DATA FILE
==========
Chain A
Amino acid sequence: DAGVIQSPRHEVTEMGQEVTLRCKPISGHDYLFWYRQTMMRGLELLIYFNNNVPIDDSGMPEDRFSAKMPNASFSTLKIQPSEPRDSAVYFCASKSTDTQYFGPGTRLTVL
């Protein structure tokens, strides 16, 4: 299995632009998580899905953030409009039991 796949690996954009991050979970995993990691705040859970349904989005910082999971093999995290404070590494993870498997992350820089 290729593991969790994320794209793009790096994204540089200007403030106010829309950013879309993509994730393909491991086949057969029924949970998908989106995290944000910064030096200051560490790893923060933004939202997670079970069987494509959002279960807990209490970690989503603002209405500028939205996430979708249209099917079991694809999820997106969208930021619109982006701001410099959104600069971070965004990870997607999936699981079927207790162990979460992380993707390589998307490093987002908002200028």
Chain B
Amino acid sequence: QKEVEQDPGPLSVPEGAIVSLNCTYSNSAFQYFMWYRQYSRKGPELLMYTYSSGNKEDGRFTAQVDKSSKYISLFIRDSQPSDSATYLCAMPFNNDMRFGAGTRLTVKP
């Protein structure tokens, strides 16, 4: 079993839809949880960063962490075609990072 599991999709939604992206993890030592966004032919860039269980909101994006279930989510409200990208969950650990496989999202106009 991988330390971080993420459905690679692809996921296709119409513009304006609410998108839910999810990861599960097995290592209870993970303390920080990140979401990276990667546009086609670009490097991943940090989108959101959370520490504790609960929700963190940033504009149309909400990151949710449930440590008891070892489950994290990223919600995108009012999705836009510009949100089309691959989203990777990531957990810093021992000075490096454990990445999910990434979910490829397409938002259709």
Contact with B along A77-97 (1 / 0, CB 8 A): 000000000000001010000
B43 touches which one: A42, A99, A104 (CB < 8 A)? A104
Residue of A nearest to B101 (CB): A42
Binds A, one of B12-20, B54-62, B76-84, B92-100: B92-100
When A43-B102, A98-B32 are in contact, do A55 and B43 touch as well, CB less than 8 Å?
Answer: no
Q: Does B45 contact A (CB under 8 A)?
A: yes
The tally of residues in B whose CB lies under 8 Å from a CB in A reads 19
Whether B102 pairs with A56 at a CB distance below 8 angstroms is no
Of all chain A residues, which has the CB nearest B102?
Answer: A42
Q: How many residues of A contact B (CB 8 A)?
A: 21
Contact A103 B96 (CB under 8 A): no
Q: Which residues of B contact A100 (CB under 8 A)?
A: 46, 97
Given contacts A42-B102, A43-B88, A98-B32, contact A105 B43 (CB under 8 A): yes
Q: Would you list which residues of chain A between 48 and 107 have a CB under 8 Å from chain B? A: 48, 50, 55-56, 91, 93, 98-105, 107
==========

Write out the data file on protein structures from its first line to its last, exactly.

Chain A
Amino acid sequence: DAGVIQSPRHEVTEMGQEVTLRCKPISGHDYLFWYRQTMMRGLELLIYFNNNVPIDDSGMPEDRFSAKMPNASFSTLKIQPSEPRDSAVYFCASKSTDTQYFGPGTRLTVL
């Protein structure tokens, strides 16, 4: 299995632009998580899905953030409009039991 796949690996954009991050979970995993990691705040859970349904989005910082999971093999995290404070590494993870498997992350820089 290729593991969790994320794209793009790096994204540089200007403030106010829309950013879309993509994730393909491991086949057969029924949970998908989106995290944000910064030096200051560490790893923060933004939202997670079970069987494509959002279960807990209490970690989503603002209405500028939205996430979708249209099917079991694809999820997106969208930021619109982006701001410099959104600069971070965004990870997607999936699981079927207790162990979460992380993707390589998307490093987002908002200028």
Chain B
Amino acid sequence: QKEVEQDPGPLSVPEGAIVSLNCTYSNSAFQYFMWYRQYSRKGPELLMYTYSSGNKEDGRFTAQVDKSSKYISLFIRDSQPSDSATYLCAMPFNNDMRFGAGTRLTVKP
């Protein structure tokens, strides 16, 4: 079993839809949880960063962490075609990072 599991999709939604992206993890030592966004032919860039269980909101994006279930989510409200990208969950650990496989999202106009 991988330390971080993420459905690679692809996921296709119409513009304006609410998108839910999810990861599960097995290592209870993970303390920080990140979401990276990667546009086609670009490097991943940090989108959101959370520490504790609960929700963190940033504009149309909400990151949710449930440590008891070892489950994290990223919600995108009012999705836009510009949100089309691959989203990777990531957990810093021992000075490096454990990445999910990434979910490829397409938002259709």
Contact with B along A77-97 (1 / 0, CB 8 A): 000000000000001010000
B43 touches which one: A42, A99, A104 (CB < 8 A)? A104
Residue of A nearest to B101 (CB): A42
Binds A, one of B12-20, B54-62, B76-84, B92-100: B92-100
When A43-B102, A98-B32 are in contact, do A55 and B43 touch as well, CB less than 8 Å?
Answer: no
Q: Does B45 contact A (CB under 8 A)?
A: yes
The tally of residues in B whose CB lies under 8 Å from a CB in A reads 19
Whether B102 pairs with A56 at a CB distance below 8 angstroms is no
Of all chain A residues, which has the CB nearest B102?
Answer: A42
Q: How many residues of A contact B (CB 8 A)?
A: 21
Contact A103 B96 (CB under 8 A): no
Q: Which residues of B contact A100 (CB under 8 A)?
A: 46, 97
Given contacts A42-B102, A43-B88, A98-B32, contact A105 B43 (CB under 8 A): yes
Q: Would you list which residues of chain A between 48 and 107 have a CB under 8 Å from chain B? A: 48, 50, 55-56, 91, 93, 98-105, 107